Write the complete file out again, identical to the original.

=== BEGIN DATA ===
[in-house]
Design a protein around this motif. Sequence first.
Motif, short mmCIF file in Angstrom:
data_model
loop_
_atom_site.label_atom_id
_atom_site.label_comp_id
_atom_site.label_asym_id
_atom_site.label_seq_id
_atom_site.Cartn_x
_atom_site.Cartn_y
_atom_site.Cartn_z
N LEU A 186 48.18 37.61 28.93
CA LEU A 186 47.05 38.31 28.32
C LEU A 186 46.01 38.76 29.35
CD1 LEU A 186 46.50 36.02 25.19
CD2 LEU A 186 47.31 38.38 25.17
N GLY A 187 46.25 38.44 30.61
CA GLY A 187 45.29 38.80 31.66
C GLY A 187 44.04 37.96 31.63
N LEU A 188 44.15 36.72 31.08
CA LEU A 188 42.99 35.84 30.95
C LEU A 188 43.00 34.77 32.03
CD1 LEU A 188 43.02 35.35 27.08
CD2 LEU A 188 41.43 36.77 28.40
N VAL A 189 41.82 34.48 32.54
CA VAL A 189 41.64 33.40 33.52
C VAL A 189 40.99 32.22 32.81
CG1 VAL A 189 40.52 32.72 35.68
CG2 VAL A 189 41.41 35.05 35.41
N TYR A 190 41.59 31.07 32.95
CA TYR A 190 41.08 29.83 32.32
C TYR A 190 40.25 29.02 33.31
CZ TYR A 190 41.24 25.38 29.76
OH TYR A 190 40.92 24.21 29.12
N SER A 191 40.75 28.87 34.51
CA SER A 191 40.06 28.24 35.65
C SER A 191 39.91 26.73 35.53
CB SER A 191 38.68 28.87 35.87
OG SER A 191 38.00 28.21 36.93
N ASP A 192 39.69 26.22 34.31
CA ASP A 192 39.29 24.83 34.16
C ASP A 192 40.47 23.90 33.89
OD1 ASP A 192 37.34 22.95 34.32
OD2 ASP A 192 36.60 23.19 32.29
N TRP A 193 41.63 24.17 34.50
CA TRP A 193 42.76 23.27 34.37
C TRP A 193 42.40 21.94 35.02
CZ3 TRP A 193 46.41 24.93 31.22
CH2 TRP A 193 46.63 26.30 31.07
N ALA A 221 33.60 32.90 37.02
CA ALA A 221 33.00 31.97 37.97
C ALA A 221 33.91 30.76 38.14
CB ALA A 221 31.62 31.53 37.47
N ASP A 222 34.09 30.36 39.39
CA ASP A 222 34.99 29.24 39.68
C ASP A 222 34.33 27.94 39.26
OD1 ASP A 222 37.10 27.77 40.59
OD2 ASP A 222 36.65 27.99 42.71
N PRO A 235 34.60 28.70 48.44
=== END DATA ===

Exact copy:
[in-house]
Design a protein around this motif. Sequence first.
Motif, short mmCIF file in Angstrom:
data_model
loop_
_atom_site.label_atom_id
_atom_site.label_comp_id
_atom_site.label_asym_id
_atom_site.label_seq_id
_atom_site.Cartn_x
_atom_site.Cartn_y
_atom_site.Cartn_z
N LEU A 186 48.18 37.61 28.93
CA LEU A 186 47.05 38.31 28.32
C LEU A 186 46.01 38.76 29.35
CD1 LEU A 186 46.50 36.02 25.19
CD2 LEU A 186 47.31 38.38 25.17
N GLY A 187 46.25 38.44 30.61
CA GLY A 187 45.29 38.80 31.66
C GLY A 187 44.04 37.96 31.63
N LEU A 188 44.15 36.72 31.08
CA LEU A 188 42.99 35.84 30.95
C LEU A 188 43.00 34.77 32.03
CD1 LEU A 188 43.02 35.35 27.08
CD2 LEU A 188 41.43 36.77 28.40
N VAL A 189 41.82 34.48 32.54
CA VAL A 189 41.64 33.40 33.52
C VAL A 189 40.99 32.22 32.81
CG1 VAL A 189 40.52 32.72 35.68
CG2 VAL A 189 41.41 35.05 35.41
N TYR A 190 41.59 31.07 32.95
CA TYR A 190 41.08 29.83 32.32
C TYR A 190 40.25 29.02 33.31
CZ TYR A 190 41.24 25.38 29.76
OH TYR A 190 40.92 24.21 29.12
N SER A 191 40.75 28.87 34.51
CA SER A 191 40.06 28.24 35.65
C SER A 191 39.91 26.73 35.53
CB SER A 191 38.68 28.87 35.87
OG SER A 191 38.00 28.21 36.93
N ASP A 192 39.69 26.22 34.31
CA ASP A 192 39.29 24.83 34.16
C ASP A 192 40.47 23.90 33.89
OD1 ASP A 192 37.34 22.95 34.32
OD2 ASP A 192 36.60 23.19 32.29
N TRP A 193 41.63 24.17 34.50
CA TRP A 193 42.76 23.27 34.37
C TRP A 193 42.40 21.94 35.02
CZ3 TRP A 193 46.41 24.93 31.22
CH2 TRP A 193 46.63 26.30 31.07
N ALA A 221 33.60 32.90 37.02
CA ALA A 221 33.00 31.97 37.97
C ALA A 221 33.91 30.76 38.14
CB ALA A 221 31.62 31.53 37.47
N ASP A 222 34.09 30.36 39.39
CA ASP A 222 34.99 29.24 39.68
C ASP A 222 34.33 27.94 39.26
OD1 ASP A 222 37.10 27.77 40.59
OD2 ASP A 222 36.65 27.99 42.71
N PRO A 235 34.60 28.70 48.44